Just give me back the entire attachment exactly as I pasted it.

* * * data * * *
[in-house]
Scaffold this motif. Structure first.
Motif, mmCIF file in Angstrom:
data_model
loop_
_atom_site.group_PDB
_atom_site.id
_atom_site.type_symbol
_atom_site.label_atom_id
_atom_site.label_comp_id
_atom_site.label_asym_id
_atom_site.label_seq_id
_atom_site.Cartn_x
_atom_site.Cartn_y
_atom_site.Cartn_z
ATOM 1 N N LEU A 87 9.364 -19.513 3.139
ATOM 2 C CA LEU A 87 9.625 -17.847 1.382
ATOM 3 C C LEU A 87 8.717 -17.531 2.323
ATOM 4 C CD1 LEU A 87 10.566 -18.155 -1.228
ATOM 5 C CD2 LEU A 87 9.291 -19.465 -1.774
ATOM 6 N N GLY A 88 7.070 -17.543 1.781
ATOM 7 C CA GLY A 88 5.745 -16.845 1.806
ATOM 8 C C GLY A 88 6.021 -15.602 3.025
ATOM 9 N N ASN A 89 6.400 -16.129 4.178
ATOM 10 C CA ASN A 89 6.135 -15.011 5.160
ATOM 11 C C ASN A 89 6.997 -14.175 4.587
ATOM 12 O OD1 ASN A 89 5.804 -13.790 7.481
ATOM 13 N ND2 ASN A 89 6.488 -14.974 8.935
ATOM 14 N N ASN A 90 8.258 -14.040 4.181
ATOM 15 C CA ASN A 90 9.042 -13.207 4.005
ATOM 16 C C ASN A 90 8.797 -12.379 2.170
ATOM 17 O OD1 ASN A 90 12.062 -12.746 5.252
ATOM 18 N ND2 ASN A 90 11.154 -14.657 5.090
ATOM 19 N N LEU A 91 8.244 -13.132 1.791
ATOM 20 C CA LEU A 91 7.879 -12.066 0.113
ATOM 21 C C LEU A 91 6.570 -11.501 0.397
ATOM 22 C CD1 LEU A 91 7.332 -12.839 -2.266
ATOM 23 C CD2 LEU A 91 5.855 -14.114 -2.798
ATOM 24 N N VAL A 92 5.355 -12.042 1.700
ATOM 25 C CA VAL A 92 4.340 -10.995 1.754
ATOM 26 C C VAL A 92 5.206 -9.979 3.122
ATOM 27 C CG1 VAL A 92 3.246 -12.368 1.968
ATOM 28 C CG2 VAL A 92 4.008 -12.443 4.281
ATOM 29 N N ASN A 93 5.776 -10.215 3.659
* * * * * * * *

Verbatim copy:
[in-house]
Scaffold this motif. Structure first.
Motif, mmCIF file in Angstrom:
data_model
loop_
_atom_site.group_PDB
_atom_site.id
_atom_site.type_symbol
_atom_site.label_atom_id
_atom_site.label_comp_id
_atom_site.label_asym_id
_atom_site.label_seq_id
_atom_site.Cartn_x
_atom_site.Cartn_y
_atom_site.Cartn_z
ATOM 1 N N LEU A 87 9.364 -19.513 3.139
ATOM 2 C CA LEU A 87 9.625 -17.847 1.382
ATOM 3 C C LEU A 87 8.717 -17.531 2.323
ATOM 4 C CD1 LEU A 87 10.566 -18.155 -1.228
ATOM 5 C CD2 LEU A 87 9.291 -19.465 -1.774
ATOM 6 N N GLY A 88 7.070 -17.543 1.781
ATOM 7 C CA GLY A 88 5.745 -16.845 1.806
ATOM 8 C C GLY A 88 6.021 -15.602 3.025
ATOM 9 N N ASN A 89 6.400 -16.129 4.178
ATOM 10 C CA ASN A 89 6.135 -15.011 5.160
ATOM 11 C C ASN A 89 6.997 -14.175 4.587
ATOM 12 O OD1 ASN A 89 5.804 -13.790 7.481
ATOM 13 N ND2 ASN A 89 6.488 -14.974 8.935
ATOM 14 N N ASN A 90 8.258 -14.040 4.181
ATOM 15 C CA ASN A 90 9.042 -13.207 4.005
ATOM 16 C C ASN A 90 8.797 -12.379 2.170
ATOM 17 O OD1 ASN A 90 12.062 -12.746 5.252
ATOM 18 N ND2 ASN A 90 11.154 -14.657 5.090
ATOM 19 N N LEU A 91 8.244 -13.132 1.791
ATOM 20 C CA LEU A 91 7.879 -12.066 0.113
ATOM 21 C C LEU A 91 6.570 -11.501 0.397
ATOM 22 C CD1 LEU A 91 7.332 -12.839 -2.266
ATOM 23 C CD2 LEU A 91 5.855 -14.114 -2.798
ATOM 24 N N VAL A 92 5.355 -12.042 1.700
ATOM 25 C CA VAL A 92 4.340 -10.995 1.754
ATOM 26 C C VAL A 92 5.206 -9.979 3.122
ATOM 27 C CG1 VAL A 92 3.246 -12.368 1.968
ATOM 28 C CG2 VAL A 92 4.008 -12.443 4.281
ATOM 29 N N ASN A 93 5.776 -10.215 3.659